The partners will be subject to a payment for not meeting their work commitments at the Filipino licence

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Jadestone Energy expects to record $50.5m impairment charge for relinquishing the licence. (Credit: Keri Jackson from Pixabay)

Singapore-based Jadestone Energy and Total have voluntarily surrendered and terminated Service Contract 56 (SC56) in the Sulu Sea in the Philippines.

In this connection, Jadestone’s fully-owned subsidiary Mitra Energy (Philippines SC-56) and operator Total E&P Philippines, a subsidiary of Total, have notified the Philippines Department of Energy of their decision.

Jadestone Energy expects to record a one-time impairment charge of nearly $50.5m for relinquishing the licence.

The amount is a total of historical capitalised exploration expenditures on the SC56 block, which is mainly associated with the company’s previous management.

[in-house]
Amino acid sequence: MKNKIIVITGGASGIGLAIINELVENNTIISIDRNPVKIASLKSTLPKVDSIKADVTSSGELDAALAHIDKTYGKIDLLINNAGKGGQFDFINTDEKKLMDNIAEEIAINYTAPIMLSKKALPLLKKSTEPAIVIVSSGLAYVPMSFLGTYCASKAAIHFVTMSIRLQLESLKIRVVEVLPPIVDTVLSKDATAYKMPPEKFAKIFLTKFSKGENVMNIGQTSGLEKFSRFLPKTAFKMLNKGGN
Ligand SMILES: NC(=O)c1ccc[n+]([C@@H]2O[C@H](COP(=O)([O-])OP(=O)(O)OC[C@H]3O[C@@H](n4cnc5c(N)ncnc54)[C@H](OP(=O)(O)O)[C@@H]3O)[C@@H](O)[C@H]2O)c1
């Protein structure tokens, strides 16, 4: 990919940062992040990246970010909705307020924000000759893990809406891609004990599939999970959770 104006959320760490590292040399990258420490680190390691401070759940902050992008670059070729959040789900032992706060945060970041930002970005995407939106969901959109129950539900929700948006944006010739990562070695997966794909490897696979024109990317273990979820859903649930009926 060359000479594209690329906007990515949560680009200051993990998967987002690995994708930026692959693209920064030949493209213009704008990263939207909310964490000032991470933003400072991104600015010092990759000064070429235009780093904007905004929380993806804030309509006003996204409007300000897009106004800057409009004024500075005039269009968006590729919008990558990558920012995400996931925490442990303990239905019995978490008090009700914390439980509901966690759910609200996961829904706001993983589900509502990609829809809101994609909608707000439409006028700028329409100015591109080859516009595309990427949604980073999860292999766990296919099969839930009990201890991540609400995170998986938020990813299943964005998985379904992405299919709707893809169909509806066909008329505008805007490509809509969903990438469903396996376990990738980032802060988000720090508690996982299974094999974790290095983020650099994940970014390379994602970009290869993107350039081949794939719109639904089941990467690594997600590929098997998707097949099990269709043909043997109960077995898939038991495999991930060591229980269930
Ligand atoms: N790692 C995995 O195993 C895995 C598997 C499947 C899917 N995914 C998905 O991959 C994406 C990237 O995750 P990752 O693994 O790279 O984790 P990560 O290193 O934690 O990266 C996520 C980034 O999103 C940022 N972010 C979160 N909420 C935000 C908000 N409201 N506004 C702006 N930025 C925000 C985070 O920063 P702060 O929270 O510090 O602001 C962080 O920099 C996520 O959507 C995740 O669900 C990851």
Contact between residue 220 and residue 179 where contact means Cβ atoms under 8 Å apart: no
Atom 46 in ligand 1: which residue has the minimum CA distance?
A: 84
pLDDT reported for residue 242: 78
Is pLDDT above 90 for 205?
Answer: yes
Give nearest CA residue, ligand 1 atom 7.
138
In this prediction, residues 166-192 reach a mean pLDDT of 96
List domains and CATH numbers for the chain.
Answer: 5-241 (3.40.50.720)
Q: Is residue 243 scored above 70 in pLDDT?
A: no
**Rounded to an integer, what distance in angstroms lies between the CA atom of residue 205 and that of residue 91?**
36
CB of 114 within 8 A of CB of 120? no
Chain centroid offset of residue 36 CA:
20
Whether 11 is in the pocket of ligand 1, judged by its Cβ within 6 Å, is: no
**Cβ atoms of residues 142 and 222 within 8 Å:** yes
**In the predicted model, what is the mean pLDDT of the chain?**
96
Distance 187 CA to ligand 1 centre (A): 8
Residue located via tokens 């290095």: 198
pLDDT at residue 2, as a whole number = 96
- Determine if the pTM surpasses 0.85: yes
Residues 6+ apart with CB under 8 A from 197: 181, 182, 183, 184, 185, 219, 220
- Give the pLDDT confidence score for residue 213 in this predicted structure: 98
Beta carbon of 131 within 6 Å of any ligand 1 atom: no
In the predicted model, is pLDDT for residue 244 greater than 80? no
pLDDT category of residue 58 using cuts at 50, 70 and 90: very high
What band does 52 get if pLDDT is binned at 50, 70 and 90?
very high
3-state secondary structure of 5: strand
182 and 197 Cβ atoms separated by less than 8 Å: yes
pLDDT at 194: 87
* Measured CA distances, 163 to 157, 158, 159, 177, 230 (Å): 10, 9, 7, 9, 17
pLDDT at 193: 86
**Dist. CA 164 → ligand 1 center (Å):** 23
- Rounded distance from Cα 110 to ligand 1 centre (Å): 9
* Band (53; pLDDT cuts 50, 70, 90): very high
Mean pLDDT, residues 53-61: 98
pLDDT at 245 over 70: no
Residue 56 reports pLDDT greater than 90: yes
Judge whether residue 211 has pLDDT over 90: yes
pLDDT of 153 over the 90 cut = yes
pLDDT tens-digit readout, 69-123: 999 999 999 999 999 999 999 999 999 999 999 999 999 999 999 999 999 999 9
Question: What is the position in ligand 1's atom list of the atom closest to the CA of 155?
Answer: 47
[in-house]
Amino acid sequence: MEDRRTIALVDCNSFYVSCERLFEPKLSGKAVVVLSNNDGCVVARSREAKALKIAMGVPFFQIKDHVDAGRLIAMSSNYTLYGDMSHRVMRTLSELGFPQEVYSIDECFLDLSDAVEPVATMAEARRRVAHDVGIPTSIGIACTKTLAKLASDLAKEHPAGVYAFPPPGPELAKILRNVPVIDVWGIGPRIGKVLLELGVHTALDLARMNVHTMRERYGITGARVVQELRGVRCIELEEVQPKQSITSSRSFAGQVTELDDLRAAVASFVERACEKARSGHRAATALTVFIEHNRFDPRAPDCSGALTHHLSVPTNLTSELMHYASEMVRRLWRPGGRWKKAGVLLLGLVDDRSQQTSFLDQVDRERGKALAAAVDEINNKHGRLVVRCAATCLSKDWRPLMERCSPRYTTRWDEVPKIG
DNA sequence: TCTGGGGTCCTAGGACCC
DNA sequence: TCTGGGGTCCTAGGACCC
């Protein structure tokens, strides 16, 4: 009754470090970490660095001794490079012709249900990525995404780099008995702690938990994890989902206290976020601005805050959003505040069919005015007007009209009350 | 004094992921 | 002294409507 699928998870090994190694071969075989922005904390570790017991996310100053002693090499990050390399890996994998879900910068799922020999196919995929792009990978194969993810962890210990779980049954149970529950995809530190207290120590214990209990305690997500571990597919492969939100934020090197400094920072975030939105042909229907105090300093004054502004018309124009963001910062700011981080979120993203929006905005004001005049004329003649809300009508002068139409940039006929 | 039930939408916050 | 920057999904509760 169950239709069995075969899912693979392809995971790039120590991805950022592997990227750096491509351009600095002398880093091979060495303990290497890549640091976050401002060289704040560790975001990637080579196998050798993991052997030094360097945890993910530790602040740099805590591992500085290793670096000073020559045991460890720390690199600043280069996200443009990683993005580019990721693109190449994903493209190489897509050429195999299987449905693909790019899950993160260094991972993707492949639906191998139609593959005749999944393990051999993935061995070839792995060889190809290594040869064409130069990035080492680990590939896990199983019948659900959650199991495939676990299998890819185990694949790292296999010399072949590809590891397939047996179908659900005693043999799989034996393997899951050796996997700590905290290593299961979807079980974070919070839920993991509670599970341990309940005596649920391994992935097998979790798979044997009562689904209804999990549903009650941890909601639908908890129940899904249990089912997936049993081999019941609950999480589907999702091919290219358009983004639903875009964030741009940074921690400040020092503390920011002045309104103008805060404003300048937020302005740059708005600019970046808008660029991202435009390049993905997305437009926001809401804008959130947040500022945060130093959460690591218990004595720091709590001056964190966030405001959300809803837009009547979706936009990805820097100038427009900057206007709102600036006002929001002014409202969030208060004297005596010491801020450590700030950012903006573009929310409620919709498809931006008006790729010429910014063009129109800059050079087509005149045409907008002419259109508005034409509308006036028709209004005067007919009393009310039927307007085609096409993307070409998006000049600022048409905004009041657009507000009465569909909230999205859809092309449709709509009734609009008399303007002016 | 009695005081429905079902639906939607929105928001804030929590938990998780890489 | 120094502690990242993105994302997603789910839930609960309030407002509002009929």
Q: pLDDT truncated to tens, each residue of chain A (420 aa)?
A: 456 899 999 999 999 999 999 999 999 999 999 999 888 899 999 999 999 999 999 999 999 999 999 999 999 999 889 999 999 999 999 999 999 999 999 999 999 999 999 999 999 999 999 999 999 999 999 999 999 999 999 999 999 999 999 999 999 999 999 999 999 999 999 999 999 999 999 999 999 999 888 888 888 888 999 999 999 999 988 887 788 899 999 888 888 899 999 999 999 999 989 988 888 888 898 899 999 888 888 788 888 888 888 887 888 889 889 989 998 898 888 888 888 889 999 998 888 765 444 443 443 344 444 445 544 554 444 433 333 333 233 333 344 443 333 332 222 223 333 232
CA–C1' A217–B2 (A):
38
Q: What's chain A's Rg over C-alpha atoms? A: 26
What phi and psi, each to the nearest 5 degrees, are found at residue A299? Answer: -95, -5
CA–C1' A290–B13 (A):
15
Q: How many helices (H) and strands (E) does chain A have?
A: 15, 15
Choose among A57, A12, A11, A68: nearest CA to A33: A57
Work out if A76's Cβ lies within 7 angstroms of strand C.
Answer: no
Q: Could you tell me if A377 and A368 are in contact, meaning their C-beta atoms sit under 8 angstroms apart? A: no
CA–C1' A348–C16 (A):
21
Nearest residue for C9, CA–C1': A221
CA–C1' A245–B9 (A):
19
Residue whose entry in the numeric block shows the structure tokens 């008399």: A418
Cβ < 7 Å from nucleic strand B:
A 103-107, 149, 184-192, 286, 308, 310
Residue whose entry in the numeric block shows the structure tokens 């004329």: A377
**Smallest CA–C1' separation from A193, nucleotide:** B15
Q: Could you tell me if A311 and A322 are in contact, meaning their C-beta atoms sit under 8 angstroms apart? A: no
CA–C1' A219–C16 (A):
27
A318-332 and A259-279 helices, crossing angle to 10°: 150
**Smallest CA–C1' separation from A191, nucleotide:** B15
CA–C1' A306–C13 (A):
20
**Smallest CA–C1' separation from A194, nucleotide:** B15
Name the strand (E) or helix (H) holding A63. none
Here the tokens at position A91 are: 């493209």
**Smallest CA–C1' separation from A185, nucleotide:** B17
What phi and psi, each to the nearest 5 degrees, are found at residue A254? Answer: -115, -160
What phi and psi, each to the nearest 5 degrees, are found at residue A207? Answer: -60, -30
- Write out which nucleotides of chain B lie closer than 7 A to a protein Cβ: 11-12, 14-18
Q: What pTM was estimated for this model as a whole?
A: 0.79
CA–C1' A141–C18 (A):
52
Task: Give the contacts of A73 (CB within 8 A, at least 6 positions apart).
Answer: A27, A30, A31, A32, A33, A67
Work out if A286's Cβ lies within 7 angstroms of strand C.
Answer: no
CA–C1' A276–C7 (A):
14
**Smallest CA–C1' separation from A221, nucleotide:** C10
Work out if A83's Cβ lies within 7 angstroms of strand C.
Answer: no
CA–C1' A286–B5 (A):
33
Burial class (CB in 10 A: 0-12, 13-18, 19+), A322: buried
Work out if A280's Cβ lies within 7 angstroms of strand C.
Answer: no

Jadestone Energy president and CEO Paul Blakeley said: “We remain focussed on our strategy of delivering value from producing fields and near-term developments in the Asia Pacific region, while avoiding early-phase greenfield exploration plays such as SC56, requiring multi-year capital programmes prior to production and cashflow.

“Nor would the major investments in new pipelines and facilities fit our sustainability objectives which include a focus on maximising use of existing infrastructure.

“SC56 was a legacy asset inherited from the previous management and only had option value through a carried well.”

In December 2017, Mitra SC56 had filed a  arbitration case against its partner Total alleging that the latter breached their 2012-dated farm out agreement.

One of the accusations made by it on Total was that the latter did not drill an exploration well on the deepwater Halcon prospect in the SC56 licence.

Total holds a stake of 75% in the offshore licence

Total holds a stake of 75% in the offshore licence, while Jadestone Energy holds the remaining 25%.

In January 2020, Jadestone Energy got a favourable ruling from the tribunal, which concluded that Total had breached the farm out agreement. The tribunal ordered Total to pay over $11m to its partner to settle the issue.

Following the relinquishment and termination of SC56, the partners will have to make a payment for their unfulfilled work commitments at the offshore Filipino licence.

Jadestone Energy’s share will be met partly from the proceeds of the arbitration ruling.